8. prison gangs

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CJCJ's Executive Director Daniel Macallair, is a practitioner-in-residence at San Francisco State University (SFSU)'s Department of Criminal Justice Studies. These slides are from his California Corrections System course materials.

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8. prison gangs

  1. 1. CaliforniaPrison Gangs40 Boardman Place www.cjcj.orgSan Francisco, CA 94103 © Center on Juvenile and Criminal Justice 2013
  2. 2. California is the homeland for prison gangs• Most traditional prison gangs • Disrespect or feeling of disrespect is were developed in the California one of the main causes of conflict and Prison System attack.• Many prison gangs started as • When one race attacks another race street gangs there is always expected retaliation.• They are known for viciousness • Most gangs are involved in some sort and violence and use this of illegal activity in order to maintain reputation to maintain power and finances. control. • Drug trafficking, import/export, hit-man business, etc. 40 Boardman Place www.cjcj.org San Francisco, CA 94103 © Center on Juvenile and Criminal Justice 2013
  3. 3. Characteristics of Prison Gang MembershipJuvenile Prisons Adult Prisons Gang membership stems from a  Gang memberships stems for a use for solidarity and protection. need to control contraband and The building of these groups underground economy involve racial and ethnic  Highly structured with formal rules recruitment and strict hierarchy Limited formal structure and rules  Race and ethnicity primary means of recruitment and solidarity The criminal enterprise inside  Engagement in more violent these facilities is minimal activities 40 Boardman Place www.cjcj.org San Francisco, CA 94103 © Center on Juvenile and Criminal Justice 2013
  4. 4. Prison Gang Subculture• Reputation• Respect• Retaliation 40 Boardman Place www.cjcj.org San Francisco, CA 94103 © Center on Juvenile and Criminal Justice 2013
  5. 5. The Traditional Five Aryan Brotherhood • These five gangs developed in the Black Guerilla Family California Corrections System during the La Neustria Familia 1960s and 70s . • The original purpose Mexican Mafia for their formation was protection. Texas Sydicates 40 Boardman Place www.cjcj.org San Francisco, CA 94103 © Center on Juvenile and Criminal Justice 2013
  6. 6. Aryan BrotherhoodFounded around 1967 at SanQuentin.Membership consists of onlywhite members, and they follow a“Blood in, Blood out” philosophy.Referred to as AB.Their associates are theMexican mafia, and Hells Angels.Their traditional enemies are theBlack Guerilla Family and the LaNuestra Familia. 40 Boardman Place www.cjcj.org San Francisco, CA 94103 © Center on Juvenile and Criminal Justice 2013
  7. 7. 40 Boardman Place www.cjcj.orgSan Francisco, CA 94103 © Center on Juvenile and Criminal Justice 2013
  8. 8. Black Guerilla Family Founded in the California prison system in 1966, by a former black panther member, George Jackson. Once called the Black Mafia, now known as BGF members are black inmates Their death oath requires a lifetime of loyalty They are also considered more politically oriented. Associates are the La Nuestra Familia and any other black gangs. Enemies are Aryan Brotherhood, Texas Syndicates, and the Mexican Mafia 40 Boardman Place www.cjcj.org San Francisco, CA 94103 © Center on Juvenile and Criminal Justice 2013
  9. 9. 40 Boardman Place www.cjcj.orgSan Francisco, CA 94103 © Center on Juvenile and Criminal Justice 2013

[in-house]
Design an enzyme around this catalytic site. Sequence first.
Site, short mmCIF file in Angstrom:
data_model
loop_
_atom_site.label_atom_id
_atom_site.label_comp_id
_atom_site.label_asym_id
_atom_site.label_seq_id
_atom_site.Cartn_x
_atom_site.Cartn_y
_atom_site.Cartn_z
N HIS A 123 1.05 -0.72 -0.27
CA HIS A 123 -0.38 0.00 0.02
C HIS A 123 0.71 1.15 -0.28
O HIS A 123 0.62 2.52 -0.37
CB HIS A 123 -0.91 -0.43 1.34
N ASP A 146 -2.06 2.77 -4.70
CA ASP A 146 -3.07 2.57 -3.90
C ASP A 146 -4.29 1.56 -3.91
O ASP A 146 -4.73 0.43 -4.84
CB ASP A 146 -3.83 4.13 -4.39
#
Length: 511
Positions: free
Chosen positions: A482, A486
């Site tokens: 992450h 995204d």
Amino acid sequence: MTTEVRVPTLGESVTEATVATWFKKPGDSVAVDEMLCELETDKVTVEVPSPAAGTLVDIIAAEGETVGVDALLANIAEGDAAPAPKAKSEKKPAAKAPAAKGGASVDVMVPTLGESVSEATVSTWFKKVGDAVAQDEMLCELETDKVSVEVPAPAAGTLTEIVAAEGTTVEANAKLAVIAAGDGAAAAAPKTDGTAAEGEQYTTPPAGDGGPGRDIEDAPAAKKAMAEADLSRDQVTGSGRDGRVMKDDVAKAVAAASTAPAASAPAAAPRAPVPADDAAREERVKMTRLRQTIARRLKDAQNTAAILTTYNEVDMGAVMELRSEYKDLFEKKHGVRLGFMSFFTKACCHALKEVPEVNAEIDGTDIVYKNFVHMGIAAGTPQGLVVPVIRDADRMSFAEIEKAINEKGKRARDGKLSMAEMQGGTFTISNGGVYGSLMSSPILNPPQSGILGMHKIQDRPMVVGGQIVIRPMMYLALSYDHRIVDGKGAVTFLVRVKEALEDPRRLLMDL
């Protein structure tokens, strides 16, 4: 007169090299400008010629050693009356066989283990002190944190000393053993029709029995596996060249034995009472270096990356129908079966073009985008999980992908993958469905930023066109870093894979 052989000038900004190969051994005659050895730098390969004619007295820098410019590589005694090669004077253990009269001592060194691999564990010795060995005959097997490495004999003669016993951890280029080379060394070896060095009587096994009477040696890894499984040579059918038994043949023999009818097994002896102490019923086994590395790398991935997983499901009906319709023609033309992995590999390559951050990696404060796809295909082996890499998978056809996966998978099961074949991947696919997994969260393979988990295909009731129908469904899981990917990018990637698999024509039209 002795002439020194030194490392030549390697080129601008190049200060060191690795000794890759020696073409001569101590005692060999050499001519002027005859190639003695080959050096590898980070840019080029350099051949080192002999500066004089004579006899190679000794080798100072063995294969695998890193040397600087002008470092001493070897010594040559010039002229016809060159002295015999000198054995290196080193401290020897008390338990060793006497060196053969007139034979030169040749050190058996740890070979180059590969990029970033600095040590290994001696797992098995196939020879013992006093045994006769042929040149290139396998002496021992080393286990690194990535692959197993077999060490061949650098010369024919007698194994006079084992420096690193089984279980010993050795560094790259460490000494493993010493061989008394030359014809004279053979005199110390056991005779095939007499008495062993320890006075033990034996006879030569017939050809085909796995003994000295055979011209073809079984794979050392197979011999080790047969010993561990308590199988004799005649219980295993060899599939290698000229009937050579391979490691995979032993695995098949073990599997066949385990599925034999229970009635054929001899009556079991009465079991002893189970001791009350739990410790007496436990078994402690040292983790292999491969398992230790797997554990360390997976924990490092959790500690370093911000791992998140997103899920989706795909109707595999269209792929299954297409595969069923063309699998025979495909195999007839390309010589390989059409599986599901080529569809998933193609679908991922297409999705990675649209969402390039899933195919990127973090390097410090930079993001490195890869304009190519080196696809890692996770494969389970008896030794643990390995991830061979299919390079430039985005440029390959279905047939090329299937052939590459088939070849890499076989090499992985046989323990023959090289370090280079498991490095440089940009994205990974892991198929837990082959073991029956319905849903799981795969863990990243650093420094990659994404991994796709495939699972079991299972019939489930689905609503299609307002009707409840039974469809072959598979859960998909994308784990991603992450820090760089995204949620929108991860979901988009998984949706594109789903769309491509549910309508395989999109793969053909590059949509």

10. 10. La Nuestra Familia Originated in the mid 1960’s at California’s Soledad Prison. Members are of Hispanic decent, there is a “Blood in, Blood out” requirement. Developed to protect rural-Hispanic inmates from predator gangs. Associates are Black Guerilla Family. Enemies Texas Syndicates, Aryan Brotherhood, and Mexican Mafia(Main enemy). Also known as LNF. 40 Boardman Place www.cjcj.org San Francisco, CA 94103 © Center on Juvenile and Criminal Justice 2013
  11. 11. 40 Boardman Place www.cjcj.orgSan Francisco, CA 94103 © Center on Juvenile and Criminal Justice 2013
  12. 12. Mexican Mafia Originally a street gang in LA, formed in the California Department of Corrections in the late 1950’s at Deuel Vocational Institution. Oldest known prison gang. Also know as La Eme their primary goal is ethnic solidarity and drug- trafficking control. Consists of Mexican-Americans mainly. Allied with the Aryan Brotherhood. Enemies are Black Guerilla Family, and the La Nuestra Familia, their main rivals. 40 Boardman Place www.cjcj.org San Francisco, CA 94103 © Center on Juvenile and Criminal Justice 2013
  13. 13. 40 Boardman Place www.cjcj.orgSan Francisco, CA 94103 © Center on Juvenile and Criminal Justice 2013
  14. 14. Texas Syndicate Originated in the late 1970’s in California’s Folsom Prison. Formed in response to other prison gangs attempting to make prey out of native Texas inmates. Predominately Mexican-Americans. Associates are various smaller gangs Enemies consist of ALL the main gangs aside from the BGF. Also known as TS, and ESE TE. 40 Boardman Place www.cjcj.org San Francisco, CA 94103 © Center on Juvenile and Criminal Justice 2013
  15. 15. 40 Boardman Place www.cjcj.orgSan Francisco, CA 94103 © Center on Juvenile and Criminal Justice 2013
  16. 16. ReferencesFlorida Department of Corrections. Major Prison Gangs.Retrieved fromhttp://www.dc.state.fl.us/pub/gangs/prison2.htmlPrisons in California.(n.d.) Wikipedia Online.Retrieved fromhttp://en.wikipedia.org/wiki/Prisons_in_CaliforniaWalker, Robert. (1999). Gangs Or Us. Prison Gangs.Retrieved from http://www.gangsorus.com/prisongangs.html 40 Boardman Place www.cjcj.org San Francisco, CA 94103 © Center on Juvenile and Criminal Justice 2013

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